Kiss Me, Kate opens with Another Op’nin’, Another Show, a hymn to hoofers and thespians everywhere. After nearly a week at The Lowry witnessing the Autumn season of Opera North productions, Cole Porter could include critics. I’ve seen so many curtains rise and fall this week I can’t help but think of the late Yogi Berra’s maxim, ‘it was déjà vu all over again’. Not that I’m complaining as it’s been a feast of blistering performances, sumptuous sets and breath-taking arias.
Another op’nin’ 1
The season began with Rossini’s romantic comedy, The Barber of Seville. It’s a simple tale of chasing tail. Count Almaviva (Nicholas Watts) is smitten by Rosina (Katie Bray), the rich ward of Doctor Bartolo (Eric Roberts), who desires her, and her money, himself. Almavavia is having some difficulty declaring his undying love to Rosina as Bartolo keeps her on a tight reign, jealously guarding her assets with the beady eyes of a ‘decrepit casanova’. To help him achieve his heart’s smite, Almavavia employs the wily ways of Figaro (Gavan Ring), the Barber of Seville. Figaro is not only the dispenser of de-hirsuting but also the lusty purveyor of plans, potions and picadillos for the lovelorn men of Seville and, looking not unlike George Cole in the early St Trinian’s capers, performs his tasks with a knowing guile and a hearty hay-ho.
Russell Graig’s thoughtful set, derived from the oeuvre of the contemporaneous Watteau, gives the players space to perform the intricate trails of love in search of closure. Under the baton of Stuart Stratford and the direction of Giles Havergal, the whole thing rattles along with a comic pace and a sexy energy. The hilarious conclusion of Act One left me begging for more and Act Two gave me the happy ending I so wanted. After much slap-stick deception, Rosina becomes Countess Almavavia and an assured spot on the Real Housewives of Seville. It was a lively and pacey production of a much-loved favourite.
Another op’nin’ 2
Jenůfa by Leoš Janáček was first performed a century after the good Barber, leaving the light optimism of the early romantic period for the dark modernism of the turn of the 20th century. Set in the rural hinterland of Moravia, it tells the story of half brothers Steva (Daniel Norman) and Laca (David Butt Philip) and their pursuit of their cousin, the beautiful Jenůfa ( Ylva Kihlberg). Thanks to the quirks of Moravian law, Steva has been enriched by the legacy of Buryja the Miller as Laca has been impoverished by it. And, by the quirks of Moravian biology, Jenůfa is pregnant by Steva but loved by Laca. You’ve seen enough episodes of Jeremy Kyle to get the picture.
Neatly divided into three acts, Act One takes place on the banks of the village river with Jenůfa dreaming of the day she can marry Steva and spare the shotgun of her stepmother, The Kosteinicka (Elizabeth Sikora), the church sacristan and all round moral compass. Having escaped conscription, a drunken Steva mistreats Jenůfa and unable to hide his raging jealousy any longer, Laca cuts Jenůfa’s face. Gee, the girl can’t get an even break. Abandoned with child and scarred by the same lousy family. Steva’s feckless bravado is neatly balanced by Laca’s brooding resentment while Jenůfa’s innocent happiness is soon replaced with the tragic air of unbalanced acceptance of her unhappy fate. The Kosteinicka simmers with moral rectitude. All the performers excel as a terrible darkness befalls the opening of Act Two.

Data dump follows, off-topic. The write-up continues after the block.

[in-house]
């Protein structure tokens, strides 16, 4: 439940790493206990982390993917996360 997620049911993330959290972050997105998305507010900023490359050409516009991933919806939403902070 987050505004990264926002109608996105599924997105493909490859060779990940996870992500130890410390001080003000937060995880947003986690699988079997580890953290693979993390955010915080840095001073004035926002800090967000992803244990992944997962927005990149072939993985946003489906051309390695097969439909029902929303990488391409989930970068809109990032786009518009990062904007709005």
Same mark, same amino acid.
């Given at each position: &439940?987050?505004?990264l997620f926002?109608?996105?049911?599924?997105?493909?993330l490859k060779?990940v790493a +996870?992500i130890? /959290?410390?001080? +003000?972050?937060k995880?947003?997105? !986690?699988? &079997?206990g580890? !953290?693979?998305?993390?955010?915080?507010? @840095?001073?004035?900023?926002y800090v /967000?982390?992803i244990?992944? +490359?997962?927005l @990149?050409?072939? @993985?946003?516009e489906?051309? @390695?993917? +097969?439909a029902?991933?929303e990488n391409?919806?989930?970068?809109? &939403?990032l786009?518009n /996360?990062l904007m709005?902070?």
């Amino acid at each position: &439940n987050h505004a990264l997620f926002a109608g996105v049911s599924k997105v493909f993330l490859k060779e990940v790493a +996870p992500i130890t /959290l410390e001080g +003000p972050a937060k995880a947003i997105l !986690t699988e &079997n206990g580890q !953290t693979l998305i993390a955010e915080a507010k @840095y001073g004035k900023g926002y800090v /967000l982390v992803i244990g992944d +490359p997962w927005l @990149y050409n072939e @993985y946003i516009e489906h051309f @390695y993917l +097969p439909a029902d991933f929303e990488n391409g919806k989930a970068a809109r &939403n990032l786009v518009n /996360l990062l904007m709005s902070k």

The simple abstract neatness of Tom Cairns’ design and assured direction follows the action to the interior of the Kosteinicka’s home. Jenůfa has given birth to a fatherless child, an abomination in the eyes of her stepmother.
As Laca proposes to a reluctant Jenůfa, the Kosteinicka sees the only obstacle to a morally acceptable outcome is the child. She abducts it and with God-given right on her side, kills it. As a piece of drama, it was jaw-dropping.
Act Three brings a kind of closure and a hint of redemption. It is Laca and Jenůfa’s wedding day. An unhappy day if ever there was one. As villagers gather to celebrate, the body of the dead baby is found frozen in the ice, and with it the Kosteinicka’s cold confession.
As the curtain closed and tears rolled down my cheek, Laca and Jenůfamove held hands in a gesture that gave us the glimpse of a possible future. It was a moving tale, beautifully told.
Another Op’nin’ 3
Kiss Me, Kate was an altogether more upbeat, sassy affair. A revival of Cole Porter’s reworking of Shakespeare’s Taming of the Shrew, it is a play within a musical within a play. I was a little unhinged by the dialogue between the tunes (unheard of in opera) but after the opening number, Another Op’nin, Another Show, my Frasier foibles were soon forgotten. It was a belter.
To-ing and fro-ing between a backstage and on-stage production of Shrew, it is a battling, bruising love story of a divorced couple, Fred Graham/Petruchio (Quirijn De Lang) and Lilli Vanessi/Kate (Jeni Bern), and a simmering, sizzling back-burner of a hot thing between happy-go-lucky hoofer, Bill Calhoun/Lucentio (Ashley Day) and good time girl Lois Lane/Bianca (Tiffany Graves).
Lois’s Always true to You in My Fashion and Bill’s tap routine Bianca, all the while trying to figure out why can’t they behave, are true highlights of a show full of them. Fred’s I’ve Come to Wive it Wealthily in Padua, Lilli’s I Hate Men and Tom, Dick or Harry all added to a sweet, arousing, downright dirty (given Porter’s talent for the lyrical innuendo) performance. First Gunman (Joseph Shovelton) and Second Gunman (John Savournin) Morecambe and Wised it up with Brush Up Your Shakespeare. All in all, it was too darn hot!
It was an exhausting, exhilarating and exciting week of great performances, with the match ball for a hat trick of triumphs going to Opera North.